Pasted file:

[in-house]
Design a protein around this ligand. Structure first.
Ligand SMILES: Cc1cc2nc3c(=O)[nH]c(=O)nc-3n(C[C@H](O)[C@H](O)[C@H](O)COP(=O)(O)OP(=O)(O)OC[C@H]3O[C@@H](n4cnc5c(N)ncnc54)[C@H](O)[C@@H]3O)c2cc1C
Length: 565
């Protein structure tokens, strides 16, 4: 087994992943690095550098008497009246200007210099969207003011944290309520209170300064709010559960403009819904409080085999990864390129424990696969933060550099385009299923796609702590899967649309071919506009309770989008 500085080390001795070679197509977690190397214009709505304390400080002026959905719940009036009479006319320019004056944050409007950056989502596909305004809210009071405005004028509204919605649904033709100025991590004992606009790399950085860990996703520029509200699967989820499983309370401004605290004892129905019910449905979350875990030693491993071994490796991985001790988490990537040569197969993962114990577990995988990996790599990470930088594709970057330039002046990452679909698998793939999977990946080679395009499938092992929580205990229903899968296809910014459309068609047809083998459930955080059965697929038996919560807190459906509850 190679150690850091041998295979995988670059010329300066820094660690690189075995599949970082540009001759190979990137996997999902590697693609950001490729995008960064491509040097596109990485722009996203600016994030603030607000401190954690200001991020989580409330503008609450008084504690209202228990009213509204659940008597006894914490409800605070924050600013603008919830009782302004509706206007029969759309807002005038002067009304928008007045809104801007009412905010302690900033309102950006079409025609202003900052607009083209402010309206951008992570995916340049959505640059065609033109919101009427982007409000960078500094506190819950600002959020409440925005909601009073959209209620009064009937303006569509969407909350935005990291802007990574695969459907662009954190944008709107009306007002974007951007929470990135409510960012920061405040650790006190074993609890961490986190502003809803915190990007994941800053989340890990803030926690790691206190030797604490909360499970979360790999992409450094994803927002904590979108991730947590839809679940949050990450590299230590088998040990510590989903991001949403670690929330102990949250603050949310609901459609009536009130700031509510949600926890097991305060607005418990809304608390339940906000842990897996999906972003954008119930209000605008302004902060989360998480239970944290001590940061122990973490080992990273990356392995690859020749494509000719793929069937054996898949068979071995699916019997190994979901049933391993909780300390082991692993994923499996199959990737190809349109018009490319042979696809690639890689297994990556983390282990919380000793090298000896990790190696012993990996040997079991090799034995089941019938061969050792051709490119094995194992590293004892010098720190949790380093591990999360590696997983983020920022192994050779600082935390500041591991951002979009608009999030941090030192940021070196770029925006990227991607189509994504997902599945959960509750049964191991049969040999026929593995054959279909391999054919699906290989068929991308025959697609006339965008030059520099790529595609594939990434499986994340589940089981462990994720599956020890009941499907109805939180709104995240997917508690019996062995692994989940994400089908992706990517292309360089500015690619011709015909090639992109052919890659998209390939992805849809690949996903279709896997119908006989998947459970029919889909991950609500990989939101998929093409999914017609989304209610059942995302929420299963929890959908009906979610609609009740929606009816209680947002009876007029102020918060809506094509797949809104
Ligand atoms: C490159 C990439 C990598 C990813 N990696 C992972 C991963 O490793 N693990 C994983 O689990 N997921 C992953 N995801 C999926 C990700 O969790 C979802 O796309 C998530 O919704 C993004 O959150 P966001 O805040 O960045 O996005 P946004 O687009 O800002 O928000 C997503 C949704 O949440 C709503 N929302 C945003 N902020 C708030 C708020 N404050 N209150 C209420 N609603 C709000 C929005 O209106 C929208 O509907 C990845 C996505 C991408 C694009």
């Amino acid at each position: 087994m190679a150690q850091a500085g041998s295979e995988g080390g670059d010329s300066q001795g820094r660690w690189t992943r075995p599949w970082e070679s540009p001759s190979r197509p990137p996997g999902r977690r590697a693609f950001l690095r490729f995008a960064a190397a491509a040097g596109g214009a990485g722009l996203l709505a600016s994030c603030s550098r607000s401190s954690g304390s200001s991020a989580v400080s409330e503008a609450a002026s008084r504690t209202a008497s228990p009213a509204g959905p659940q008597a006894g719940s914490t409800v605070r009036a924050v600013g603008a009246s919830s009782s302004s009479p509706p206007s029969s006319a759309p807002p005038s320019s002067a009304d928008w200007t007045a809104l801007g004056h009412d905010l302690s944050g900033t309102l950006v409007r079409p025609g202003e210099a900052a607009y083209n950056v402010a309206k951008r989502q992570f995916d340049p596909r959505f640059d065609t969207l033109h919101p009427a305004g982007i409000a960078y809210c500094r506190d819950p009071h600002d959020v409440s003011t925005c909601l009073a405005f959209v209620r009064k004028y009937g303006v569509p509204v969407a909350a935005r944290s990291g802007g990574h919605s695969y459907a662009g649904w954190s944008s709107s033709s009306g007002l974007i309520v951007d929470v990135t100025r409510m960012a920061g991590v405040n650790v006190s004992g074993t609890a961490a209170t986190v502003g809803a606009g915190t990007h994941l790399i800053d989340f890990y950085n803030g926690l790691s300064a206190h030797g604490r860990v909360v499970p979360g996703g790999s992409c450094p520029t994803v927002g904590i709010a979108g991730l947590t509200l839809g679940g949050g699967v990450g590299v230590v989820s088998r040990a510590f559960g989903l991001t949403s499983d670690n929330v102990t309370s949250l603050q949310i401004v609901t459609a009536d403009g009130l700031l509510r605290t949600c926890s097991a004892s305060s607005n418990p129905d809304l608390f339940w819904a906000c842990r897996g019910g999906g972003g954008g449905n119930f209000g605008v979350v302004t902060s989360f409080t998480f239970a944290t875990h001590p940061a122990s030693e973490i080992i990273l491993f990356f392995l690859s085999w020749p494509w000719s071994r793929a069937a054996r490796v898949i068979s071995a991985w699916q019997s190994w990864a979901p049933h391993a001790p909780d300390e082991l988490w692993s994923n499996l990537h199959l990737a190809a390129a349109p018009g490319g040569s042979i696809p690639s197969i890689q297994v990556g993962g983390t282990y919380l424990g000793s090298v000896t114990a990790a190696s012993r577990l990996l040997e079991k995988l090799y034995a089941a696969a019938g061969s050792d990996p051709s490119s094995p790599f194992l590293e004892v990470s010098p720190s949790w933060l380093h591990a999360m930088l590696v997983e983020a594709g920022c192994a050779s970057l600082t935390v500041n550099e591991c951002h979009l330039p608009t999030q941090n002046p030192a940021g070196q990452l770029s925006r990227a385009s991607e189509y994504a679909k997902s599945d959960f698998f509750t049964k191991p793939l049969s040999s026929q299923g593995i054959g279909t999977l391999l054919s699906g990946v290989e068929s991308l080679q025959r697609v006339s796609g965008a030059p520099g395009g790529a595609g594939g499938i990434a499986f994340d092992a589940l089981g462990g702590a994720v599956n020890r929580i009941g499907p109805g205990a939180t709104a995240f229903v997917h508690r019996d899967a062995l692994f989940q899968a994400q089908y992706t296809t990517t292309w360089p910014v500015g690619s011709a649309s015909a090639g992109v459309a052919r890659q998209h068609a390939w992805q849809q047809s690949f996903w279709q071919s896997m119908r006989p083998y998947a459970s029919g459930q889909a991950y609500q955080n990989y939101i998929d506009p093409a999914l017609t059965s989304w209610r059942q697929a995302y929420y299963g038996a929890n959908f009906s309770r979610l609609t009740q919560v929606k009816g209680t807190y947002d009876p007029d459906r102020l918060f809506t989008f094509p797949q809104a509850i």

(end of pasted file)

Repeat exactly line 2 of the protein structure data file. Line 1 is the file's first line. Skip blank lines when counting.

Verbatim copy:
Design a protein around this ligand. Structure first.